Stipends and Access A stipend of $35,000 is provided throughout the year in payments at the start of the fellowship period. From this sum, the recipient must meet travel, housing, research tasks, and all other expenses in connection with the fellowship. Payments are made directly to the fellow upon receipt of certification from the parent academic institution that they are a candidate for the MA degree and authorized to become a resident fellow. In addition to the stipend, fellow will have access to the university’s and the division’s facilities and technical expertise as well as a work space and computer.

Applications In your application, please describe the specific focus of your topic. Applications and all supporting documents must be posted no later than 15 February; those emailed after that date will not be considered. The applicant is responsible for ensuring that all required documentation is emailed before the closing date. Email completed applications to: edward.nevgloski@usmcu.edu.

Evaluation and Selection The Marine Corps History Division conducts its evaluation of applicants on the basis of academic achievement, faculty and staff recommendations, demonstrated writing ability, and the nature and location of the proposed research. The awards are made based on merit without regard to race, color, religion, sex, national origin, age, handicapping condition, marital status, or political affiliation. The center notifies all applicants of the competition's outcome by a short notice or letter by no later than 1 April.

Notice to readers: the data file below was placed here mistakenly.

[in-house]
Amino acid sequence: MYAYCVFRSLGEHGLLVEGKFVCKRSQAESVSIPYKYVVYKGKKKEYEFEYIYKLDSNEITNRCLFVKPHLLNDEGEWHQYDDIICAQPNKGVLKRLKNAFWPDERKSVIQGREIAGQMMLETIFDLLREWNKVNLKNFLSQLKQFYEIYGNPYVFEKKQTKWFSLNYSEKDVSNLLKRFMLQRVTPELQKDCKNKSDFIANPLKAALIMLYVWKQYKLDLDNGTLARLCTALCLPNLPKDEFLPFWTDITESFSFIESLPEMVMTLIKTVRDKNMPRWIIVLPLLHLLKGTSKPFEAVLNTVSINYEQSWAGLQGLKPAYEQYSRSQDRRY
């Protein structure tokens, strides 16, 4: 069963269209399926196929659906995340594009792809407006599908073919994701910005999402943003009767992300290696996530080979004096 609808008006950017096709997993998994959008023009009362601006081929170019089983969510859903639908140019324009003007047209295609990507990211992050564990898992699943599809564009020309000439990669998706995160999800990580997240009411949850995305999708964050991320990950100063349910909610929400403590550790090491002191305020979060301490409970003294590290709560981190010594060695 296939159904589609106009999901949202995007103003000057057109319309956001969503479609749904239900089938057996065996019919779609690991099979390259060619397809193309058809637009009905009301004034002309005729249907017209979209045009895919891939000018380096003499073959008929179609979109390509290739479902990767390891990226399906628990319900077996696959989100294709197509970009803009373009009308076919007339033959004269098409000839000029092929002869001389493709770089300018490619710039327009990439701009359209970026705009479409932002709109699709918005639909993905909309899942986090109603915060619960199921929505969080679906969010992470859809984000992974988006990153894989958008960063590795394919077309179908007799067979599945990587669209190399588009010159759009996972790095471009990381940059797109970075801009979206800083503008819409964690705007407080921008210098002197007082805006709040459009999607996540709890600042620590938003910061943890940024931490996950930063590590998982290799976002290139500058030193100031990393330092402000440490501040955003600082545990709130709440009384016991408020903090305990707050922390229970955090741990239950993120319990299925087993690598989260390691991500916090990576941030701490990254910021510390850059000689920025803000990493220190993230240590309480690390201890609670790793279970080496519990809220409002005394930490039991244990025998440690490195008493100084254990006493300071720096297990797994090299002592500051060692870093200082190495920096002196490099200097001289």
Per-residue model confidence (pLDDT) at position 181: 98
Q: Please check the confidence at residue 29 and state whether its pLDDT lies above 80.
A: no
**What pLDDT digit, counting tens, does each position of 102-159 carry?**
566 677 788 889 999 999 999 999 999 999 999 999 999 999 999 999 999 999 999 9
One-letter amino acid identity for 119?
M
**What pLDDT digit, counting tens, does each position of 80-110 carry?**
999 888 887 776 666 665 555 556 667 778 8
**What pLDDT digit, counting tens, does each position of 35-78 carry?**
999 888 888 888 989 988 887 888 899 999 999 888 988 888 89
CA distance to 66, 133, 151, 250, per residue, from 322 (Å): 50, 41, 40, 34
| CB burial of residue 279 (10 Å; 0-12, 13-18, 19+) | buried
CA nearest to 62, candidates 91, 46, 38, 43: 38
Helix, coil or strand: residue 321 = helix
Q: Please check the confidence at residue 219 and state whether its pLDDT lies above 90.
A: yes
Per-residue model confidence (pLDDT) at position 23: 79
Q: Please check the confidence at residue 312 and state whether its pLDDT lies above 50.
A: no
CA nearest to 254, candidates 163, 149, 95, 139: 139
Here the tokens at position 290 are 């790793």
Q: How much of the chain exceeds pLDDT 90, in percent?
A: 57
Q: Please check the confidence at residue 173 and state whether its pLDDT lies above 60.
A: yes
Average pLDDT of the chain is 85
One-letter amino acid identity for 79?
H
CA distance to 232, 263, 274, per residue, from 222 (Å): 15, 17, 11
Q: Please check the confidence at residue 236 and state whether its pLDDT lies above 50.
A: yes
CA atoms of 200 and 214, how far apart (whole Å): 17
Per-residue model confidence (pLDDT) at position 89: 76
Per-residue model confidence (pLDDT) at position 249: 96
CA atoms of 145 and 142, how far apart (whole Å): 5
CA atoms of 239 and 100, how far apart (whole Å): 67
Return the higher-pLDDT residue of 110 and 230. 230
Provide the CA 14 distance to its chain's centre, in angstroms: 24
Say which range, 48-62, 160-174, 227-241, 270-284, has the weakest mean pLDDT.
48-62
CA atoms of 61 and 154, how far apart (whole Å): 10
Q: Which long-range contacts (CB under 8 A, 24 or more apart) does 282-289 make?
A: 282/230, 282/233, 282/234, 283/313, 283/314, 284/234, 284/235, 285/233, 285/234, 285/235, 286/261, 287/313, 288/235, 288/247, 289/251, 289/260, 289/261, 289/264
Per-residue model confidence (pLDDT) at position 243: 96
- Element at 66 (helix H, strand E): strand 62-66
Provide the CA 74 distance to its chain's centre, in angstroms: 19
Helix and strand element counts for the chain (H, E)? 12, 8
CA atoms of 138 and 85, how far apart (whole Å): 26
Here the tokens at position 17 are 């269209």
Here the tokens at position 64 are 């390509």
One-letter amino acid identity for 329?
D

FELLOWSHIP ANNOUNCEMENT
The General Lemuel C. Shepherd Jr. Marine Corps History Doctoral Resident Fellowship

Purpose The Marine Corps History Division, as a component of the Marine Corps University, offers the General Lemuel C. Shepherd Jr. Marine Corps History Doctoral Resident Fellowship to support pre- or postdoctoral study of Marine Corps history. Funded by the Marine Corps Heritage Foundation, this nine-month residential fellowship (August to May) is designed to support either dissertations or book manuscripts exploring the operational and institutional aspect of the Marine Corps past.

Areas and Topics of Study Topics of study may include organizational and administrative policies; strategy, operations, and tactics; doctrine; training; acquisition and procurement; command and control; intelligence; fires; maneuver; logistics; communications; and force protection. In the selection of proposals for funding, preference is given to topics that complement rather than duplicate existing projects.